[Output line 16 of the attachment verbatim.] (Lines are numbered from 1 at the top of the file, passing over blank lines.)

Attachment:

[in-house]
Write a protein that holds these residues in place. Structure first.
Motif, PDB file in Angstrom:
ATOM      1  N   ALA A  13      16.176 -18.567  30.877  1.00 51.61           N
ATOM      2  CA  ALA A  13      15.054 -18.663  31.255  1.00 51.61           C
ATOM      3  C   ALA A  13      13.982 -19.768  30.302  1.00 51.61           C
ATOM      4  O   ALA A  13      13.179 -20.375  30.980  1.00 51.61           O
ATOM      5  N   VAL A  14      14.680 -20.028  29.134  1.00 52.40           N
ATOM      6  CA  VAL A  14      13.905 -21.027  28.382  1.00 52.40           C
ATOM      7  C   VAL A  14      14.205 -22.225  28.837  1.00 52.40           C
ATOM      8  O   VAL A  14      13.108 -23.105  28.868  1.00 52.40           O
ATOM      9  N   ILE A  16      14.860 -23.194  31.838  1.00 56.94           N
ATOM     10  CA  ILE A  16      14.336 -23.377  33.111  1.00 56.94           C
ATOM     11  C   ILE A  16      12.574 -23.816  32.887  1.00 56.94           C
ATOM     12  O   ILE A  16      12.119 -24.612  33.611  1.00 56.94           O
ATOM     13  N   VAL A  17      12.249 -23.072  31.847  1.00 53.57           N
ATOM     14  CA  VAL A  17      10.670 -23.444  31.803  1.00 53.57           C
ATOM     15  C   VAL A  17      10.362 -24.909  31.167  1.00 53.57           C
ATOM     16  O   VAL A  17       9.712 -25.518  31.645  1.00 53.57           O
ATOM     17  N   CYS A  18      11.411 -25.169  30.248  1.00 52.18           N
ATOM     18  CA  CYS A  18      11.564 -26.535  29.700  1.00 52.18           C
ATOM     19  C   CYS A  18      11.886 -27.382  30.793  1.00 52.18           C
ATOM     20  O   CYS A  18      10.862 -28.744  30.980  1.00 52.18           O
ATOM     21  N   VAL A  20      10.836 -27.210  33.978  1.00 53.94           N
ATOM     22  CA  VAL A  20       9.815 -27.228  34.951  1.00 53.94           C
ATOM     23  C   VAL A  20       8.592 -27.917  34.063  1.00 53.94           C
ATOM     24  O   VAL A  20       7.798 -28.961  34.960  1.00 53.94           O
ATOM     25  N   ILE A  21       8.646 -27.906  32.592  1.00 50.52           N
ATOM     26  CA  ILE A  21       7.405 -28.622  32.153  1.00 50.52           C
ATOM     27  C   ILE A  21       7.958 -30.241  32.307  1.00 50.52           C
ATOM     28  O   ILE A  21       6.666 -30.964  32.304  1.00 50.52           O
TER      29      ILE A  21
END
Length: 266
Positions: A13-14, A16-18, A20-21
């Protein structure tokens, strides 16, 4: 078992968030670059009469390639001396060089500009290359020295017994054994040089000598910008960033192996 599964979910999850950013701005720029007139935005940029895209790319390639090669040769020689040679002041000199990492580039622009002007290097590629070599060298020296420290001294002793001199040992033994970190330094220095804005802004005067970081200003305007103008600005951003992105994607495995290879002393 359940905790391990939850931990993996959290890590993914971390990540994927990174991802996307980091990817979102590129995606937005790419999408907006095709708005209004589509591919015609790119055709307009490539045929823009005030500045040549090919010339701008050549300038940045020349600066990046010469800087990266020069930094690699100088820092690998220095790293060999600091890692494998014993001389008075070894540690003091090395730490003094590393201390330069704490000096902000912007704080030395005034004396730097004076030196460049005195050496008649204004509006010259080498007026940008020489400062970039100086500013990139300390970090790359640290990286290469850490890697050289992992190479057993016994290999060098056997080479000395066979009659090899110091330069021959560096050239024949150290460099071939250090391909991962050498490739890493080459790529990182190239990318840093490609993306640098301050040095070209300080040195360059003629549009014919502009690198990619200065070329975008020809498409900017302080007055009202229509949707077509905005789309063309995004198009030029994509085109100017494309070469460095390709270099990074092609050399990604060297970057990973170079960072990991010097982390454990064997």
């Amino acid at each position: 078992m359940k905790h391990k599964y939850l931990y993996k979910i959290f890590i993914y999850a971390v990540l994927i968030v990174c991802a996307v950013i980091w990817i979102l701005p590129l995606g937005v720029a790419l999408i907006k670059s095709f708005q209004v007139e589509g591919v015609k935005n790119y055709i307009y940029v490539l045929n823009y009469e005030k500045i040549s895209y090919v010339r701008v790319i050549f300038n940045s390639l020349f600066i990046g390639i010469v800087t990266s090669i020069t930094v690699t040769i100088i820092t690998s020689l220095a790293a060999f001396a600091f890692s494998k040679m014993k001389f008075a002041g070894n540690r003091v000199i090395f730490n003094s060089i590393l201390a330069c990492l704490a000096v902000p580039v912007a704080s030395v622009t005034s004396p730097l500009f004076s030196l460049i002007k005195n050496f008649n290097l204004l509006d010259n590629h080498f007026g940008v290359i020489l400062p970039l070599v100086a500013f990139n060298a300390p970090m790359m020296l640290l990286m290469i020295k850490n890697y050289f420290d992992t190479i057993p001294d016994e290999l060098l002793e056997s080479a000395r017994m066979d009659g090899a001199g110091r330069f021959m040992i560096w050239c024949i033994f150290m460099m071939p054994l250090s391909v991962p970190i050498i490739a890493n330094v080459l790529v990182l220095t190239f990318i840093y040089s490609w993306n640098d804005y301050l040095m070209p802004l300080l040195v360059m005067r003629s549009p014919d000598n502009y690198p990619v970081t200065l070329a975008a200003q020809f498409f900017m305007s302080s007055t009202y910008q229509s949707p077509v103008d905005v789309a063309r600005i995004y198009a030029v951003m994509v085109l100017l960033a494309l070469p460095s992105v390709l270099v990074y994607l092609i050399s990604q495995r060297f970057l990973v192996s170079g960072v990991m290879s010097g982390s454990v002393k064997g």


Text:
ATOM     13  N   VAL A  17      12.249 -23.072  31.847  1.00 53.57           N